Blue Moon by Laurell K. Hamilton. This is book 5 or 6 of the Anita Blake, Vampire Hunter series. I can’t remember because I stopped in the middle and I haven’t gone back yet. It isn’t because I wasn’t enjoying it, because it is starting out to be another wonderful book. Truth was I just needed a break from Anita Blake. Anita’s werewolf ex Richard is being set up as a murderer in Tennessee and Anita is determined to help, against Jean-Claude’s wishes. So far, it’s a solid B book.

A Brush of Darkness by Allison Pang. This was an interesting premise. Heroine Abby is living in a town where the supernatural is a part of every day life. Supernatural creatures can only come and go in this town through Touchstones, sort of like magical anchors. Abby is a Touchstone for a Faerie named Moira. Trouble is, Abby is spectacularly ignorant and gets in way over her head when patron Moira disappears. There are incubi, angels (called Celestials), Faeries, pixies, miniature unicorns and more.  Like I said, interesting premise. The writing could be a bit better. I’m mildly interested in seeing what happens next in the series, but I’m not going to be running out to get the next book. More likely I’ll wait until I’m desperate for something new to read. Rating: C-.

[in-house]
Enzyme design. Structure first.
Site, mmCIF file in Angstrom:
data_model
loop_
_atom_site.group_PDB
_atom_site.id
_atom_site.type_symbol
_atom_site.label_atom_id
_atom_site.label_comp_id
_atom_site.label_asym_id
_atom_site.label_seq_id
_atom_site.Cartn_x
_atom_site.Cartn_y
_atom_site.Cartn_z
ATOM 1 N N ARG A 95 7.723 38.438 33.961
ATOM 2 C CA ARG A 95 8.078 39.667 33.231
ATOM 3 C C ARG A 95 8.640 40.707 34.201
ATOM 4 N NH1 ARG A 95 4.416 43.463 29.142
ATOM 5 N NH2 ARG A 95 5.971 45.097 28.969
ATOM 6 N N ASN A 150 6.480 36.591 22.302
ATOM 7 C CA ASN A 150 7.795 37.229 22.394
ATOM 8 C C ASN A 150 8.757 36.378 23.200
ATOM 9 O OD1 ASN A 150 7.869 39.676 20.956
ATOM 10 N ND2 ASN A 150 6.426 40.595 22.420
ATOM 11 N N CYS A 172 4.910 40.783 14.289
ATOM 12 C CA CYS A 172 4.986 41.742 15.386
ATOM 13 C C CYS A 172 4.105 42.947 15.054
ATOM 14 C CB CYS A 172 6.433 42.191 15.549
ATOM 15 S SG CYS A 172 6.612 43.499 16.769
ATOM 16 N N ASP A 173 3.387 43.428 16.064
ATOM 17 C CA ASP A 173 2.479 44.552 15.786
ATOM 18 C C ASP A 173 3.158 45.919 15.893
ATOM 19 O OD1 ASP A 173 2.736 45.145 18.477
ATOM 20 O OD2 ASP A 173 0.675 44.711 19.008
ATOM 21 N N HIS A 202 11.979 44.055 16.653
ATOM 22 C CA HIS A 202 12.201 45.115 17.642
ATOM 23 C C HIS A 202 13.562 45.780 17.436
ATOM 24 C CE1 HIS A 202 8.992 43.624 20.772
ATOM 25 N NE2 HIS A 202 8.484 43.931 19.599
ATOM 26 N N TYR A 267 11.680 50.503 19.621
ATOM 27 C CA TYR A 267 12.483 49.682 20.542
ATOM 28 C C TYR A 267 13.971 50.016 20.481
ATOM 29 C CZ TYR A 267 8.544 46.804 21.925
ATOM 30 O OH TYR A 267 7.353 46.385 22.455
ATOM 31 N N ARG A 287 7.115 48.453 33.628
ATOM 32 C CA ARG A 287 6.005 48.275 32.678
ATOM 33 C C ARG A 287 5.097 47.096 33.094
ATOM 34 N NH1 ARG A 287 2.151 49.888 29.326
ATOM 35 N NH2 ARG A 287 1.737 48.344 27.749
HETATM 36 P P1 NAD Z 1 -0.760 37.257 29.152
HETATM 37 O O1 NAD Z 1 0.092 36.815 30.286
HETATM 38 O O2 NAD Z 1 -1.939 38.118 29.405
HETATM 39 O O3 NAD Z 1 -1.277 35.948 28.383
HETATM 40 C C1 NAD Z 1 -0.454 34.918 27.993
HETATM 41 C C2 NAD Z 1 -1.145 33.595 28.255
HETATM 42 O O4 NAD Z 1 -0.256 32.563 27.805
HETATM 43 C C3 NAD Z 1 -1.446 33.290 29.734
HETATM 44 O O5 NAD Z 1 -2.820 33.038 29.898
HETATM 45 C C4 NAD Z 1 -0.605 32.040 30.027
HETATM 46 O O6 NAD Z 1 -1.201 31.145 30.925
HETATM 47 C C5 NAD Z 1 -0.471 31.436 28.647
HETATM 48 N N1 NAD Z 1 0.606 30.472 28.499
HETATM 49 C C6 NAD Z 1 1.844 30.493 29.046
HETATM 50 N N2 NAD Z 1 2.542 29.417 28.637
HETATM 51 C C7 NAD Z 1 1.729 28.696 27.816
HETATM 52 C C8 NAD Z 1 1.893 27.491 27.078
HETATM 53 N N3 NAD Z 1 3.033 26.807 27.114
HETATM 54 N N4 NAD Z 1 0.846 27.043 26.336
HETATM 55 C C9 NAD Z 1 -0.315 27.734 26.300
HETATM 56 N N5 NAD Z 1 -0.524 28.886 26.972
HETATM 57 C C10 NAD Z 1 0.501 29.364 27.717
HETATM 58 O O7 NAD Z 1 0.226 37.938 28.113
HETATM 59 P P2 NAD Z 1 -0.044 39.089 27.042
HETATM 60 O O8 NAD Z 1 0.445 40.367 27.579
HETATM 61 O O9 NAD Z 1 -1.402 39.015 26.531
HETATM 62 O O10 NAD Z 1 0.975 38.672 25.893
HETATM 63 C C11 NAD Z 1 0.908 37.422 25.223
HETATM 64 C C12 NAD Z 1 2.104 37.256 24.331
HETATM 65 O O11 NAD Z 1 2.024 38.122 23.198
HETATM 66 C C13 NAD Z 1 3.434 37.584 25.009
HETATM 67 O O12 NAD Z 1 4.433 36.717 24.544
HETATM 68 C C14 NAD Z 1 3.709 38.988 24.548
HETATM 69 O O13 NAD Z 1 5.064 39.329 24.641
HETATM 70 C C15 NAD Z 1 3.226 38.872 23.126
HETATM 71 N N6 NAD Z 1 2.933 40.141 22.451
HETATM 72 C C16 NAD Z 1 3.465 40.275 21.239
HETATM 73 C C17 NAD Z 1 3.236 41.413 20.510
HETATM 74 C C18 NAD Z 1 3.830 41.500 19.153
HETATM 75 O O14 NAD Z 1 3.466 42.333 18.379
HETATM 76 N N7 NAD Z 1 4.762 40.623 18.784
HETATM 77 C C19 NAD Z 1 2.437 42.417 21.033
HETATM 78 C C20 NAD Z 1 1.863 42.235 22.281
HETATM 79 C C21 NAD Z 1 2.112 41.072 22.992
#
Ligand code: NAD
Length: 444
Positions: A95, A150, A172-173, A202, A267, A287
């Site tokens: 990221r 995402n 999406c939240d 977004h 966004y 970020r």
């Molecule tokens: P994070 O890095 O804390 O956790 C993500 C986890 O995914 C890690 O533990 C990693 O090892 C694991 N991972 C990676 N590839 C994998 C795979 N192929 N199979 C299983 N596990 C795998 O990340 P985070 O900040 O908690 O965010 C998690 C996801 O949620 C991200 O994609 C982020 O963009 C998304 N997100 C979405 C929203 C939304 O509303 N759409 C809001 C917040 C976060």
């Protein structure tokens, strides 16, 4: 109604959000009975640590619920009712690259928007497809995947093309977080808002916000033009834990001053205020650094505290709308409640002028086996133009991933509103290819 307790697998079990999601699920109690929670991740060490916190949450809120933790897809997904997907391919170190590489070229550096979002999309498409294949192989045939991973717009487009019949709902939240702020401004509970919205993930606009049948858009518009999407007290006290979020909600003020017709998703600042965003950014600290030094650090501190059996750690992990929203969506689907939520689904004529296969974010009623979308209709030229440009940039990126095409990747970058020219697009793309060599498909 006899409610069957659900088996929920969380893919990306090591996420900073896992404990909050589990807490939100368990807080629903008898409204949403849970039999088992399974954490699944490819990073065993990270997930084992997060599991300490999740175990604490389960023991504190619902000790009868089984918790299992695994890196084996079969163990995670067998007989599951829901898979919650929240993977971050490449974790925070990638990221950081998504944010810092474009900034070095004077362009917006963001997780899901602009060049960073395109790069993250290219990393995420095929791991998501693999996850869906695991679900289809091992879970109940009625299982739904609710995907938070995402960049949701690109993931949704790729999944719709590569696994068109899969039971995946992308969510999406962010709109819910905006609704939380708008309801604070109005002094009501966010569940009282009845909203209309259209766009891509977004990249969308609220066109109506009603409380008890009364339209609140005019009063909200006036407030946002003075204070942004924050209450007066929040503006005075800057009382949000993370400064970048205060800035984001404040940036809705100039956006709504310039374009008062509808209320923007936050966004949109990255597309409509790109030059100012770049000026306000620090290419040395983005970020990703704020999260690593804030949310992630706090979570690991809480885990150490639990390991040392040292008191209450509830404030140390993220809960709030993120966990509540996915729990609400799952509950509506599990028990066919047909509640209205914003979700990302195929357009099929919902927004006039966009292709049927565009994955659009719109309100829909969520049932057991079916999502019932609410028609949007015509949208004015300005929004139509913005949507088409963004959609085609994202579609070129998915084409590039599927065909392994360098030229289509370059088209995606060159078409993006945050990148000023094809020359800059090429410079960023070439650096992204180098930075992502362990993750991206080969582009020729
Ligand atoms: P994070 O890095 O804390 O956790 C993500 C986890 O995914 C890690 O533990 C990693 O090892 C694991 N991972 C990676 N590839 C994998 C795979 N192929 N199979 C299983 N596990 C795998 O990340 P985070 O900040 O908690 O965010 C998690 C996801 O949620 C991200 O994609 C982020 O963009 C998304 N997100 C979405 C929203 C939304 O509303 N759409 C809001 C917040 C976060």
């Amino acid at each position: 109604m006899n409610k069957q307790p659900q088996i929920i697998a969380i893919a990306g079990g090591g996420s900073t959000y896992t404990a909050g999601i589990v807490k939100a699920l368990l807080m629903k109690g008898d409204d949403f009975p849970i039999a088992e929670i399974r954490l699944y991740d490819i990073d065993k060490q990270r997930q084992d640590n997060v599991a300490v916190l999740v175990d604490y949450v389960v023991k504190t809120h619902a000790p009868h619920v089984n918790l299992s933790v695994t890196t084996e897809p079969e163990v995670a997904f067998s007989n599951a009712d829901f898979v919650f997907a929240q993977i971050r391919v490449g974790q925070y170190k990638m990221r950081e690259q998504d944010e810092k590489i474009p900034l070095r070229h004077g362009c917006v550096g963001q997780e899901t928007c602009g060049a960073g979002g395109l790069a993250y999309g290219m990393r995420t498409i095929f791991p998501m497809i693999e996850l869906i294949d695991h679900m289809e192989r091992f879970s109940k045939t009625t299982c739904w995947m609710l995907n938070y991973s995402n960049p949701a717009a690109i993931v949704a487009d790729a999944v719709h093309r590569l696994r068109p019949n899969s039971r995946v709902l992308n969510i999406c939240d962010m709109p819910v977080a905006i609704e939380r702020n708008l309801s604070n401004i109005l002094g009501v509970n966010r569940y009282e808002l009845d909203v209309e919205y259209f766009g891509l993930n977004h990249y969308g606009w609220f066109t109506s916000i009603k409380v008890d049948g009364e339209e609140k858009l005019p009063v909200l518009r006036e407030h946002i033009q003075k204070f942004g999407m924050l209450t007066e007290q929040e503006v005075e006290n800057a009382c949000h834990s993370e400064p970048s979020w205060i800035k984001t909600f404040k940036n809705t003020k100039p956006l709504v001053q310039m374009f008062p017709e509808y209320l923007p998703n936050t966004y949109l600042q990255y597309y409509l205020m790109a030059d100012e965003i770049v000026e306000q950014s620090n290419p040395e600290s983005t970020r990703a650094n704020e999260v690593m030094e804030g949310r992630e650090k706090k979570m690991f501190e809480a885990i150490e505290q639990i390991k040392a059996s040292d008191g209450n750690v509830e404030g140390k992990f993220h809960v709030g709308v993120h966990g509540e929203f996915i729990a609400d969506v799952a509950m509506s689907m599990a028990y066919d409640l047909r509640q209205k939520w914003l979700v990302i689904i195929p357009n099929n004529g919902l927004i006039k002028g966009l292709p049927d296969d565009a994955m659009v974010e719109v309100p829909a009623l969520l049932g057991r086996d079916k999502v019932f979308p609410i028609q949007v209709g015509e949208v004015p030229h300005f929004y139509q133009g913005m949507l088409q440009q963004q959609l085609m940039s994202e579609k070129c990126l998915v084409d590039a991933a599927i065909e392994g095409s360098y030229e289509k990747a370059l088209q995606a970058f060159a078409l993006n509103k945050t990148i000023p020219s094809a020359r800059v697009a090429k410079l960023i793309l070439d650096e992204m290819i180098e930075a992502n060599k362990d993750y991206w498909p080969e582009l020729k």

Demon Bound by Caitlin Kittredge. This is the next installment of the Black London series. I like this series because its very gritty. It’s kind of reminiscent of the old pulp novel.  Both main characters, Jack and Pete, are hard living, drinking, smoking, cussing people. The novel starts out with Jack having been dragged to Hell (end of the last novel) and Pete trying to pick up the pieces. Trouble is, being Jack’s girl is closing more doors than it opens. I really want to see what happens in the next novel. Rating: A to A+.

That’s all for now. More in the next post. If anyone has suggestions, I’m looking for new books to read.